In discussions with our members, they have emphasized the importance to them, as investors, of access to information about an NRSRO’s policies, procedures and other practices relating to credit rating decisions. In particular, it would be helpful for NRSROs to disclose to investors their policies and procedures addressing conflicts of interest (as well as the conflicts themselves), and periodically to disclose information sufficient for investors to evaluate whether they have the necessary staffing, resources, structure, internal procedures and issuer contacts to serve as NRSROs. The call for increased transparency on these subjects is not new. In its report on the role of credit rating agencies, submitted pursuant to the Sarbanes-Oxley Act of 2002, the SEC noted that at its hearings on credit rating agencies, representatives of buyside firms, including mutual funds, had stressed the importance of increasing transparency in the ratings process.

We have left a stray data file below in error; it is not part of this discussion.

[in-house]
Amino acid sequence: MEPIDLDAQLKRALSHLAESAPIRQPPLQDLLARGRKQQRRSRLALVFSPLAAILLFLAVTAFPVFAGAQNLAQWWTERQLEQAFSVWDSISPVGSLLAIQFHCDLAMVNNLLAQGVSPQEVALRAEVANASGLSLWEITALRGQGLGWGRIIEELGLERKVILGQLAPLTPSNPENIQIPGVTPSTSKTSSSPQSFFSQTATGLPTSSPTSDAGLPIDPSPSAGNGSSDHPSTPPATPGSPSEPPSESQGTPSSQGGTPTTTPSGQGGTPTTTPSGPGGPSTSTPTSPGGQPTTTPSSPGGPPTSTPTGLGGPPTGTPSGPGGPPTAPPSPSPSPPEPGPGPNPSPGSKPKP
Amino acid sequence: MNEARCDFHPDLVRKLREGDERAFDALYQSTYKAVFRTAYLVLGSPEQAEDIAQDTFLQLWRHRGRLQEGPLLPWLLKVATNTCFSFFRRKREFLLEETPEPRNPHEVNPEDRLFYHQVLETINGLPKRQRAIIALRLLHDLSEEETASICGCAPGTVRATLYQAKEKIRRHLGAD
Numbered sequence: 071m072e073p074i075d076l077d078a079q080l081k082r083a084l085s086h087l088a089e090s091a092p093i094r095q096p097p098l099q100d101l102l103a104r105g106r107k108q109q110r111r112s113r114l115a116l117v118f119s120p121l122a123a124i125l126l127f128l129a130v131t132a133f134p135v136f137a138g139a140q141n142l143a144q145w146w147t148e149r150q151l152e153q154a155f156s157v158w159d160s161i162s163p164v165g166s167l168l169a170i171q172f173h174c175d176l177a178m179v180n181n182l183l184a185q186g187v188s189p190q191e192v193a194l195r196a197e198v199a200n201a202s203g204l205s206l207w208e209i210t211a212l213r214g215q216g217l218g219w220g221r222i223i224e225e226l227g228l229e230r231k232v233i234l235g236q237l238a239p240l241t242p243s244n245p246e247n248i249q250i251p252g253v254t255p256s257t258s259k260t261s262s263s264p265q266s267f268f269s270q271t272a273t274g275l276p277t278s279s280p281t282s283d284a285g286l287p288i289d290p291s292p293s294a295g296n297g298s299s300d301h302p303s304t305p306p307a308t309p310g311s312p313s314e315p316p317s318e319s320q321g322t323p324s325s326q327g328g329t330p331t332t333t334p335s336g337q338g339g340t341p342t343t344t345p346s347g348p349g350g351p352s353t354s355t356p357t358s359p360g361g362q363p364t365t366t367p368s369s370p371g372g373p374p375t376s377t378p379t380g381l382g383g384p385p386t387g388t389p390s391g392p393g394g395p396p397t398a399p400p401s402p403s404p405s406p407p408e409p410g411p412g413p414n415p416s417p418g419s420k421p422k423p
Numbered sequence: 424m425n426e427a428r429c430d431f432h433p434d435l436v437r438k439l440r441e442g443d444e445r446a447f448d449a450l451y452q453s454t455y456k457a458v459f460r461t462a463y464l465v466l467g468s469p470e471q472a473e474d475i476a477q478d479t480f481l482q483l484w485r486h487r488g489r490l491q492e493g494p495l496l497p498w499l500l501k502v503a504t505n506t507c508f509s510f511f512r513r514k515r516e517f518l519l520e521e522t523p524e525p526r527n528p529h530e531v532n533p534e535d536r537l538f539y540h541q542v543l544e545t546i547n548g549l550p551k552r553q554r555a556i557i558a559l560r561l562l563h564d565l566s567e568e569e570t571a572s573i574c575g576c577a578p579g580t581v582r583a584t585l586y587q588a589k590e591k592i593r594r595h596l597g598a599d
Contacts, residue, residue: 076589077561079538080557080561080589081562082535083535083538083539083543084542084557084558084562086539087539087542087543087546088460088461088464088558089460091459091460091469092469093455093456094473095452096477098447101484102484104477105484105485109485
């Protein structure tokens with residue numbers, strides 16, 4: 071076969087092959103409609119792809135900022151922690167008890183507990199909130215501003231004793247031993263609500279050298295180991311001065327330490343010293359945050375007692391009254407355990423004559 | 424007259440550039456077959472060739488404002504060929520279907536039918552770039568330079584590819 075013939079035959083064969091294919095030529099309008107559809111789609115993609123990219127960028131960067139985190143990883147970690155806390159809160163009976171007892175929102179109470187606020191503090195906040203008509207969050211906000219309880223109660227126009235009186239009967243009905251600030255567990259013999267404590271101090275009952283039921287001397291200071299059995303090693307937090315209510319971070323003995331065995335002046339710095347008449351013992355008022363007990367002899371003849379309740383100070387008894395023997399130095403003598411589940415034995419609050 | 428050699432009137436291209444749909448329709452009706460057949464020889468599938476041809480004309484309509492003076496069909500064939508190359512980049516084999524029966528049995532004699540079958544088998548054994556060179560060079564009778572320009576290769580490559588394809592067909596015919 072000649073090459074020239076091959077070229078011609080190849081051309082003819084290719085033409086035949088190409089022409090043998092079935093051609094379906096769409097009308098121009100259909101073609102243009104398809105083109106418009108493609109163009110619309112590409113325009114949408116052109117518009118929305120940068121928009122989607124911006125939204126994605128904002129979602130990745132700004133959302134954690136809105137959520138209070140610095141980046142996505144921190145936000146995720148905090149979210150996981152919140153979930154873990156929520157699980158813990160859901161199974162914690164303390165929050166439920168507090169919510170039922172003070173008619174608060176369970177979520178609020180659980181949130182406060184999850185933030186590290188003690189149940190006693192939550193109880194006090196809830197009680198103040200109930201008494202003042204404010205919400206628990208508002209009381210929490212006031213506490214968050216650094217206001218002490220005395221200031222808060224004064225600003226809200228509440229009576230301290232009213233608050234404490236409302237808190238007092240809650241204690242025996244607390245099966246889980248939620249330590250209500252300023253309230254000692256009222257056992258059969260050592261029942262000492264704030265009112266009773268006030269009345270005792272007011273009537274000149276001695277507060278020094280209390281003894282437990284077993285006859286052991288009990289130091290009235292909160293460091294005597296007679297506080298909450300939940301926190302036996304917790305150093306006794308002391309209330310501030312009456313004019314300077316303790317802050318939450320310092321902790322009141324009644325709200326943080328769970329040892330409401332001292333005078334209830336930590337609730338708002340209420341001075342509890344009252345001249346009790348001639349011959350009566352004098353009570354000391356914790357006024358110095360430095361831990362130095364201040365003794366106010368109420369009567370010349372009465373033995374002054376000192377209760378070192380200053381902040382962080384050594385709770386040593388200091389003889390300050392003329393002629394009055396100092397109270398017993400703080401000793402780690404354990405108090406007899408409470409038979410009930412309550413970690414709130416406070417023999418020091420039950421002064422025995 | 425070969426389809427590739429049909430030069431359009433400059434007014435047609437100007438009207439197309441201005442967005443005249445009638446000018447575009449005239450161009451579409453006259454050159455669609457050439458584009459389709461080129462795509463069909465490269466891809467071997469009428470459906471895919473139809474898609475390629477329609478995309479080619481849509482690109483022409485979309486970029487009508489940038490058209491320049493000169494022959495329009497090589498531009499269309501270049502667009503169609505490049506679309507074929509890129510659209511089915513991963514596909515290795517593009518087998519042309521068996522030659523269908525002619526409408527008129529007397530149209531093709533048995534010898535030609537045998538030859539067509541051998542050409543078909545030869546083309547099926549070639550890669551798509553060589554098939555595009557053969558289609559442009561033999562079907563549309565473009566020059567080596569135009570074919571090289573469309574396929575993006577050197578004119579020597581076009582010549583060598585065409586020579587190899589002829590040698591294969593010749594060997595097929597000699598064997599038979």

We believe the public disclosure of this information would allow investors a continuous opportunity to evaluate an NRSRO’s independence and objectivity, capability and operation. Such disclosure would serve as an effective additional mechanism for maintaining the integrity and quality of credit ratings.
VI. NRSROs Should Be Accountable for Their Ratings Processes
NRSROs should assume some accountability for their ratings in order to provide them with incentive to analyze information critically and to challenge an issuer’s representations. Under current regulations, the SEC exempts NRSROs, but not other rating agencies, from treatment as experts subject to liability under Section 11 of the Securities Act of 1933 and, thus, allows NRSRO ratings in prospectuses and financial reports. Although the SEC has stated that NRSROs remain subject to antifraud rules, the NRSROs have steadfastly maintained that, under the First Amendment, they cannot be held liable for erroneous ratings absent a finding of malice.